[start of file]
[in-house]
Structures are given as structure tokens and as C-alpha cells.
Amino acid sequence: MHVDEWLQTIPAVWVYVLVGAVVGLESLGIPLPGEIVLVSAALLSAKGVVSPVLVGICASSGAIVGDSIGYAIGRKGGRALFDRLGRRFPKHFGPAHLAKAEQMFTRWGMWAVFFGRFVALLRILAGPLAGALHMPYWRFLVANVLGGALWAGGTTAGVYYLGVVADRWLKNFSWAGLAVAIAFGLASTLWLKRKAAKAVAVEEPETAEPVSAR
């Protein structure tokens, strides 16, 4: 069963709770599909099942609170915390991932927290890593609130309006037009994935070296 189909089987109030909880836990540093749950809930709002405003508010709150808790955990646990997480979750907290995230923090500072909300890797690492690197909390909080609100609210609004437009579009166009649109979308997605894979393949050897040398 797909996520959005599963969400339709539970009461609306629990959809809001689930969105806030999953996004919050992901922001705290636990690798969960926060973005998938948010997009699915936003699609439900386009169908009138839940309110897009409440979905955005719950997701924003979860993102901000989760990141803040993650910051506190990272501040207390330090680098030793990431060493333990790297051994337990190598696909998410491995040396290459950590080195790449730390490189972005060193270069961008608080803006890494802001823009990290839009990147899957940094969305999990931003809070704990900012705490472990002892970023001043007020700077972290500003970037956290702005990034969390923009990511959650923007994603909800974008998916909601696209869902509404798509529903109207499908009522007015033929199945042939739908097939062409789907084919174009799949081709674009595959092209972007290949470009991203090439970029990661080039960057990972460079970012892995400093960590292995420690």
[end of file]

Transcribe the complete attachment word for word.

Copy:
[in-house]
Structures are given as structure tokens and as C-alpha cells.
Amino acid sequence: MHVDEWLQTIPAVWVYVLVGAVVGLESLGIPLPGEIVLVSAALLSAKGVVSPVLVGICASSGAIVGDSIGYAIGRKGGRALFDRLGRRFPKHFGPAHLAKAEQMFTRWGMWAVFFGRFVALLRILAGPLAGALHMPYWRFLVANVLGGALWAGGTTAGVYYLGVVADRWLKNFSWAGLAVAIAFGLASTLWLKRKAAKAVAVEEPETAEPVSAR
């Protein structure tokens, strides 16, 4: 069963709770599909099942609170915390991932927290890593609130309006037009994935070296 189909089987109030909880836990540093749950809930709002405003508010709150808790955990646990997480979750907290995230923090500072909300890797690492690197909390909080609100609210609004437009579009166009649109979308997605894979393949050897040398 797909996520959005599963969400339709539970009461609306629990959809809001689930969105806030999953996004919050992901922001705290636990690798969960926060973005998938948010997009699915936003699609439900386009169908009138839940309110897009409440979905955005719950997701924003979860993102901000989760990141803040993650910051506190990272501040207390330090680098030793990431060493333990790297051994337990190598696909998410491995040396290459950590080195790449730390490189972005060193270069961008608080803006890494802001823009990290839009990147899957940094969305999990931003809070704990900012705490472990002892970023001043007020700077972290500003970037956290702005990034969390923009990511959650923007994603909800974008998916909601696209869902509404798509529903109207499908009522007015033929199945042939739908097939062409789907084919174009799949081709674009595959092209972007290949470009991203090439970029990661080039960057990972460079970012892995400093960590292995420690």